KATHY Kelly, a mother of one son lost to a senseless one-punch attack and another to suicide, couldn’t call to mind a kind act she’d done in the last 24 hours.
She did travel to Tamworth to open up scars one could only imagine to a room full of teenagers to impart lessons about resilience, well-being and kindness.
Mrs Kelly, her family and her foundation, have changed laws and mindsets in NSW in the wake of her sons’ deaths.
While you’d understand if the family were simply angry as a result of the tragedies bestowed, she said the paucity of kindness was the issue which needed to be fixed.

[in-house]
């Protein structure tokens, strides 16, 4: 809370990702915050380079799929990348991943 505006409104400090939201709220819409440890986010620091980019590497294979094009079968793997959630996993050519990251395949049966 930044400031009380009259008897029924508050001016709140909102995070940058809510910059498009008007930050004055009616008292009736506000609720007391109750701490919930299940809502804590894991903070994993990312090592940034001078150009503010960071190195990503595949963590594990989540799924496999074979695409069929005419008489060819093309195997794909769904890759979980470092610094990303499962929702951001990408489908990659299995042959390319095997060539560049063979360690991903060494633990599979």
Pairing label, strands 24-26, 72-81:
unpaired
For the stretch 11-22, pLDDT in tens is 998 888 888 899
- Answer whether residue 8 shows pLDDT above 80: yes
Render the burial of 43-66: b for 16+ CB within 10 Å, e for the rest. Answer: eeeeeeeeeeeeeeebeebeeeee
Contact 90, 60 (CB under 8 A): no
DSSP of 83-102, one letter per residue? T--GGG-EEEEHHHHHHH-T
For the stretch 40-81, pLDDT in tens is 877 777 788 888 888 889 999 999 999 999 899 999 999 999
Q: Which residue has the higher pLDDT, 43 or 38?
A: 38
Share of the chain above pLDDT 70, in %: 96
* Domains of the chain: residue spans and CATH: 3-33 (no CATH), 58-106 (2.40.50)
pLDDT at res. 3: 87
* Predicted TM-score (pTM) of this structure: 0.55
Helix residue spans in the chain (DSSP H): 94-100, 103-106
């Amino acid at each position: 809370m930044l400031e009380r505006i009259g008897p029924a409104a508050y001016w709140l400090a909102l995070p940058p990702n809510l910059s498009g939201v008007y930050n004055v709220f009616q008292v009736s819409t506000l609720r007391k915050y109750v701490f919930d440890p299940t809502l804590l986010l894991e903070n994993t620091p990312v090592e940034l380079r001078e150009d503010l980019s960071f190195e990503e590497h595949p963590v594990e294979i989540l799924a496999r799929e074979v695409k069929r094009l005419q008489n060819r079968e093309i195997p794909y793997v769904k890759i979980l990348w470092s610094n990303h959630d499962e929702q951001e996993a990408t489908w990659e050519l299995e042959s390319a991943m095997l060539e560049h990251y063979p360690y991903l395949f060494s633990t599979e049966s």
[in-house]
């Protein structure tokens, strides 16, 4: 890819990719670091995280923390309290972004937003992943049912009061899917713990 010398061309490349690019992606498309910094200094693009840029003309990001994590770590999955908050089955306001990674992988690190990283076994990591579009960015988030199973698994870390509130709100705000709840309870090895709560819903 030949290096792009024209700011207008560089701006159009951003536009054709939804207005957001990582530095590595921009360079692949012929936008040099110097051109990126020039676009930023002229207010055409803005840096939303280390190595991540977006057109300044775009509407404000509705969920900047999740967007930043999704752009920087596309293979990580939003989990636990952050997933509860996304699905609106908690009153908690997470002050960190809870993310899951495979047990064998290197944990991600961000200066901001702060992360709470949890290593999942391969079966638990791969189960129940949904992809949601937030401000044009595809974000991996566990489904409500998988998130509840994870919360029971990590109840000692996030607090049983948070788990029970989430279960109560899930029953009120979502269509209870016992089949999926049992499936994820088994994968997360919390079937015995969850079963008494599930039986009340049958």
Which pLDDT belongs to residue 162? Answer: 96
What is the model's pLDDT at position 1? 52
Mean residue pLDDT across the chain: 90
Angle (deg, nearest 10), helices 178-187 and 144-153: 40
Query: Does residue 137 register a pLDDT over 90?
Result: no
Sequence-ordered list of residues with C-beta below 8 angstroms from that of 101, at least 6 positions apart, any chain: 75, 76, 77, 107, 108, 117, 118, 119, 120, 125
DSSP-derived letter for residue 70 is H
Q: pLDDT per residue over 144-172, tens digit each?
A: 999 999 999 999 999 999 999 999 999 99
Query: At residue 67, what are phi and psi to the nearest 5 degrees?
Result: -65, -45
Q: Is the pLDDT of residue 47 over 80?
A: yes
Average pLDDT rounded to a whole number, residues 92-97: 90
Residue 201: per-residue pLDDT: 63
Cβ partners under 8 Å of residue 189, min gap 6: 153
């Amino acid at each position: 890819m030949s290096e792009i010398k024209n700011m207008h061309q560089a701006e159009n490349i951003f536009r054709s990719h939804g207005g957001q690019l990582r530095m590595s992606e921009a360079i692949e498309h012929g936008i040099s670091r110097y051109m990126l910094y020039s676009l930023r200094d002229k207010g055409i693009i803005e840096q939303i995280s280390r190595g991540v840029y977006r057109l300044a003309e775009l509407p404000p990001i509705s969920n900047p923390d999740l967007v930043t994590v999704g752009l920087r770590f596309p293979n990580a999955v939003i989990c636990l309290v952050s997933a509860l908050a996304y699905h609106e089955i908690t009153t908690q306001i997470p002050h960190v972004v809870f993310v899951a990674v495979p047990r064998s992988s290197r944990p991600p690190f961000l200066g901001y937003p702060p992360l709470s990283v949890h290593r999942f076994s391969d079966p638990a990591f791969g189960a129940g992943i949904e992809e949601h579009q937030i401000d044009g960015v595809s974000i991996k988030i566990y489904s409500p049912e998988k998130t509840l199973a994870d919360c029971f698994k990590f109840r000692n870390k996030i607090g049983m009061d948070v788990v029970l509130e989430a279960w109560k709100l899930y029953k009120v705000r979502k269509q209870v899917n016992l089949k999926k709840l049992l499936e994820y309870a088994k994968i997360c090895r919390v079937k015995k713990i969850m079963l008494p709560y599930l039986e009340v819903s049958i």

She said it was difficult to continue sharing her family’s story and she didn’t know how long she would keep doing it for, but it was worth it if she could change one young mind.
“I've had instances where kids have come up to me and said they are contemplating suicide and I made the difference for them to go and talk,” she said.
She told the region’s teenagers putting kindness first could negate the need for resilience.
“Because at that point in our lives we'll have this happiness surrounding us that will give us what we need to fulfil our lives without going with the rest of the crowd and doing the wrong thing,” she said.
She encouraged families to talk about what kind things they did each day.
When asked her kind act for the day, she said keeping her cool in the long airport security lines, in jest.
“I don’t think I did anything that was particularly favourable this morning but I hope to make a difference today,” she said.